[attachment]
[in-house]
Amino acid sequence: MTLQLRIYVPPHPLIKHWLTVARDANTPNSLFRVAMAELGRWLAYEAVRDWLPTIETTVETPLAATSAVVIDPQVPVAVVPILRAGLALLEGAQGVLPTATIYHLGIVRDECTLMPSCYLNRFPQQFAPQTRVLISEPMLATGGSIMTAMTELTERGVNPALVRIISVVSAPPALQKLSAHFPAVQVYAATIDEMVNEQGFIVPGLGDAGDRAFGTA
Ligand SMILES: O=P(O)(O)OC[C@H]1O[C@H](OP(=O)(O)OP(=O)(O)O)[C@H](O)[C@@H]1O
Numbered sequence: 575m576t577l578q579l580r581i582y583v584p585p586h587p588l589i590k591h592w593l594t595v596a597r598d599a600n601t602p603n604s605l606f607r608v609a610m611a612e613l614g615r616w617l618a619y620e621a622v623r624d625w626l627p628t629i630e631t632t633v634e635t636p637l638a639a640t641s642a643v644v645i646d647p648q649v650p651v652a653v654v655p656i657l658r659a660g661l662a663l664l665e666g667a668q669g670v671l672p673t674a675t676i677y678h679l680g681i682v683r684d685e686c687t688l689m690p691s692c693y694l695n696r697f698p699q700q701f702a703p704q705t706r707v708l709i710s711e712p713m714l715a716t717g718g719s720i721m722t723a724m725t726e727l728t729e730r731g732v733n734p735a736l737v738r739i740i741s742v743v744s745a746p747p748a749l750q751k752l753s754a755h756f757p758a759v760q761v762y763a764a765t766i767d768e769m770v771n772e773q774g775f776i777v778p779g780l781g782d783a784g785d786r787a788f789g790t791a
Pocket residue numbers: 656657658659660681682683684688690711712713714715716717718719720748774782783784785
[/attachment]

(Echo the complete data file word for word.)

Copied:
[in-house]
Amino acid sequence: MTLQLRIYVPPHPLIKHWLTVARDANTPNSLFRVAMAELGRWLAYEAVRDWLPTIETTVETPLAATSAVVIDPQVPVAVVPILRAGLALLEGAQGVLPTATIYHLGIVRDECTLMPSCYLNRFPQQFAPQTRVLISEPMLATGGSIMTAMTELTERGVNPALVRIISVVSAPPALQKLSAHFPAVQVYAATIDEMVNEQGFIVPGLGDAGDRAFGTA
Ligand SMILES: O=P(O)(O)OC[C@H]1O[C@H](OP(=O)(O)OP(=O)(O)O)[C@H](O)[C@@H]1O
Numbered sequence: 575m576t577l578q579l580r581i582y583v584p585p586h587p588l589i590k591h592w593l594t595v596a597r598d599a600n601t602p603n604s605l606f607r608v609a610m611a612e613l614g615r616w617l618a619y620e621a622v623r624d625w626l627p628t629i630e631t632t633v634e635t636p637l638a639a640t641s642a643v644v645i646d647p648q649v650p651v652a653v654v655p656i657l658r659a660g661l662a663l664l665e666g667a668q669g670v671l672p673t674a675t676i677y678h679l680g681i682v683r684d685e686c687t688l689m690p691s692c693y694l695n696r697f698p699q700q701f702a703p704q705t706r707v708l709i710s711e712p713m714l715a716t717g718g719s720i721m722t723a724m725t726e727l728t729e730r731g732v733n734p735a736l737v738r739i740i741s742v743v744s745a746p747p748a749l750q751k752l753s754a755h756f757p758a759v760q761v762y763a764a765t766i767d768e769m770v771n772e773q774g775f776i777v778p779g780l781g782d783a784g785d786r787a788f789g790t791a
Pocket residue numbers: 656657658659660681682683684688690711712713714715716717718719720748774782783784785